WHY STUDENTS ARE FAILING WITHOUT SOCIAL EMOTIONAL LEARNING
In today’s society, there is an alarmingly high trend of students who report being depressed, have little to no motivation, and struggle with basic social skills. Students who are lacking in certain social or emotional skills due to improper training are put at a disadvantage without their choosing.
Whether you’re a parent or a teacher, you understand the importance of raising or teaching a “whole” person. Someone who grows up to be generally happy, emotionally healthy, and who can contribute to society in a meaningful way. If resources were available to you with accessibility and simple classroom incorporation that focused on teaching both aspects of social and emotional learning- would you implement them? Does something already exist to teach social-emotional learning in classrooms without writing your own curriculum and trying to squeeze yet another lesson plan into an already overfilled semester?
The answer? YES! But first, let’s cover what SEL, or social-emotional learning is all about.
What is Social-Emotional Learning (SEL) and why is it important? According to CASEL, social-emotional learning can be defined as: “The process through which children and adults acquire and effectively apply the knowledge, attitudes, and skills necessary to understand and manage emotions, set and achieve positive goals, feel and show empathy for others, establish and maintain positive relationships, and make responsible decisions.”
The Collaborative for Academic, Social, and Emotional Learning (CASEL) has identified five core skills that are widely recognized as critical social-emotional skills, called core competencies.
The Five Competencies Are:
- Self Awareness – The ability to accurately recognize one’s own emotions, thoughts, and values and how they influence behavior.
- Self Management – The ability to view situations from another perspective, respect the social and cultural norms of others, and celebrate diversity.
- Social Awareness – The ability to take the perspective of and empathize with others, including those from diverse backgrounds and cultures.
- Relationship Skills – The ability to communicate clearly, listen well, cooperate with others, resist inappropriate social pressure, negotiate conflict constructively, and seek and offer help when needed.
- Responsible Decision Making – The ability to make choices that consider the well-being of oneself and others.
These competencies may seem like regular day-to-day happenings for some K-12 students. They’ve been taught how to see that their friend is sad and then how the appropriate response is to have empathy. They can observe how their responses are affecting the outcomes of others. Does someone need help?
They’ve been taught to identify there’s a problem and to offer a solution. Yet for many students who come from homes or even schools where there is no focus on regulating emotions and managing relationships – how are they supposed to automatically know how do these things? Without a guide to show them a model of what critical social-emotional skills look like, how will they know how to implement them?
In recent years, what was once thought of as the “parents job” has quickly been thrust upon teachers in the schools. Not only should you be teaching them calculus, grammar, and geography – but we should be helping students learn the moral structures and compasses of the world and also how to navigate their quickly changing and evolving emotions.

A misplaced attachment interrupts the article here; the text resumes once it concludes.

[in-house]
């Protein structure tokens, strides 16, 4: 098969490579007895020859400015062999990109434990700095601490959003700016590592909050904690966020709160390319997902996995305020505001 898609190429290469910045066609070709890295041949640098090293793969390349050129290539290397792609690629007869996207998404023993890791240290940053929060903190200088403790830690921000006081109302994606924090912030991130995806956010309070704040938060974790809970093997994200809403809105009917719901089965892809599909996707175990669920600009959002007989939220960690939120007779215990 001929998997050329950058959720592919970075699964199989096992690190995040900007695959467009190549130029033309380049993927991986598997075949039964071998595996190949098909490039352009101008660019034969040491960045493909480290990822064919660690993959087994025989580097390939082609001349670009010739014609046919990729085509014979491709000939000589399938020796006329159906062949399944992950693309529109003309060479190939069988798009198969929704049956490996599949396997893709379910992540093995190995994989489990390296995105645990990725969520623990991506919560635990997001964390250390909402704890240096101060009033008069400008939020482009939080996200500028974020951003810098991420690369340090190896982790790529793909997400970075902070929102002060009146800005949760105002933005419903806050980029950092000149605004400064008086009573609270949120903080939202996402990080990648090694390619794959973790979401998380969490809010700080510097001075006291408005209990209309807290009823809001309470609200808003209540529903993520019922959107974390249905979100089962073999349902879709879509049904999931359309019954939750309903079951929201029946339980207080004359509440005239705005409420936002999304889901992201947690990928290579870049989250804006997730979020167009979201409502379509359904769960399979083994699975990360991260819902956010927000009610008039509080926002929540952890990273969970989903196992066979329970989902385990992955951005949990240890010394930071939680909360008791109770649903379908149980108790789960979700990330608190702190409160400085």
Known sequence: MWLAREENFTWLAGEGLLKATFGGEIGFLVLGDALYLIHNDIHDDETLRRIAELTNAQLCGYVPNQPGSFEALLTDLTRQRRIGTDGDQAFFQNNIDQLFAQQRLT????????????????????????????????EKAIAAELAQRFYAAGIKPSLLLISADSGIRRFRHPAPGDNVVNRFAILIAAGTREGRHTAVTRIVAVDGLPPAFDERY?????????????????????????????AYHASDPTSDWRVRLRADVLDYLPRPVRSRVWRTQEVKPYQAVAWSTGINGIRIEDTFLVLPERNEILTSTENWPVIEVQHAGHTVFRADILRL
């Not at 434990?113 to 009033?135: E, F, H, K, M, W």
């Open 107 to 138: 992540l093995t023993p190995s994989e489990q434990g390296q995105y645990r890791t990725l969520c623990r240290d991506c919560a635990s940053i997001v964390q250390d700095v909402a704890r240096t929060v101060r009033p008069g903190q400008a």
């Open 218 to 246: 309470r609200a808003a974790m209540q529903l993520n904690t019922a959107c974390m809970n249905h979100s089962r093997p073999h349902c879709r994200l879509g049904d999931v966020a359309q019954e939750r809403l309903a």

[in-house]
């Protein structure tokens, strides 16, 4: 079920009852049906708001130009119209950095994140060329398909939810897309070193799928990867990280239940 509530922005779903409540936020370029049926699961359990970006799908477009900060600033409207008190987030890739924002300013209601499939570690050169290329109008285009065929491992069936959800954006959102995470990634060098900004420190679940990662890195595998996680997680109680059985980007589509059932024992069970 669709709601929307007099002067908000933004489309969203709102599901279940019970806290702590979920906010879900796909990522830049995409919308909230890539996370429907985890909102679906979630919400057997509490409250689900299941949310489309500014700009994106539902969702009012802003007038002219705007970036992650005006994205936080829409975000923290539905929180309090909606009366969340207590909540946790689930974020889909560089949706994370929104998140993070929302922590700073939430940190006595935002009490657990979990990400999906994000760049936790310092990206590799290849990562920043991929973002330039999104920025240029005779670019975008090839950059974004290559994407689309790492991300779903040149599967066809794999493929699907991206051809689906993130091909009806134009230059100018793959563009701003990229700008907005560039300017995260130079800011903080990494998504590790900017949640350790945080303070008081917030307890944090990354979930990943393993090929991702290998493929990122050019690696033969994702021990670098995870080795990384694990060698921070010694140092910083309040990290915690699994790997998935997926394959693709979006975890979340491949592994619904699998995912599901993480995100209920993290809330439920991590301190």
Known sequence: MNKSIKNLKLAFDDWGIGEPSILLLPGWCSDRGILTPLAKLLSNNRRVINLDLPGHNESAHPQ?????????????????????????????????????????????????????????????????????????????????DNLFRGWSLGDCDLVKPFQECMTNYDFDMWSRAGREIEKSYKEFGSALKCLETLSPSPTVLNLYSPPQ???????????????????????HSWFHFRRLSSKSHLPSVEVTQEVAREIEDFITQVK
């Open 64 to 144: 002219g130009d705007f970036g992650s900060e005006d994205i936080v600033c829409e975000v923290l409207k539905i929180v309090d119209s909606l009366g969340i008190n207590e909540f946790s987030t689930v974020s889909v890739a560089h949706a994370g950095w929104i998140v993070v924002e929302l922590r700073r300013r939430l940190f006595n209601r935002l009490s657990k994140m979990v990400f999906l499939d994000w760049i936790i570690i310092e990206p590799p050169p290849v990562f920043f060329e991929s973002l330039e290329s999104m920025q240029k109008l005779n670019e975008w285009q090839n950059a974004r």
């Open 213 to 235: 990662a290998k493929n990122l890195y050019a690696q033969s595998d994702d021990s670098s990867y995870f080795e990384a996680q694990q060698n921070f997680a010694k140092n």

Your full time position of child development has now become two full time jobs without any pay increase! WHAT??? Thankfully, researchers have recently come to fully understand the connections between academic performance and SEL in an effort to educate the whole child. Social-emotional learning not only increases academic success; it also improves students’ attitudes toward school and reduces stress, anxiety, and depression.
That doesn’t make your daily job any easier. You won’t get to collect any more paychecks, leave any earlier in your workday, or see your families any more by adding on SEL initiatives into your classes. But it does shed light on the importance of your role as an educator. This speaks volumes as to how vital your say is in their lives not only educationally, but also as someone who helps develops emotionally healthy adults. With that mountain of knowledge, where do we go from here?
Implementing social-emotional learning into a classroom can be a challenge if you feel you have no resources, ideas, or practical applications. There are organizations such as CASEL that bring together collaborators and provide ideas and research to thrust you in the right direction and if you’re looking for an all inclusive curriculum with lesson plans that are video driven and created to fit within your semesters, we have just the thing! In a society that is moving at the speed of light towards all that technology has to offer, it can feel daunting to introduce into your classroom if you feel like there are too many facets to using a program or maintaining an online curriculum.
The courses were created with each step and lesson to be aligned to the CASEL core competencies and designed to provide students with a deeper understanding of their own personal development. Available completely online, we’d love to give you a free demo just by saying hello HERE.
Have a colleague who is interested? Send them our way and we’ll get them set up with a free demo of an entire course as well! Implementation is easy and effective. With unlimited resources available at our fingertips, and a generation that has a technology growth rate of double that of any generation before it- we are doing the up and coming learners a disservice by not giving them the most effective way to grow.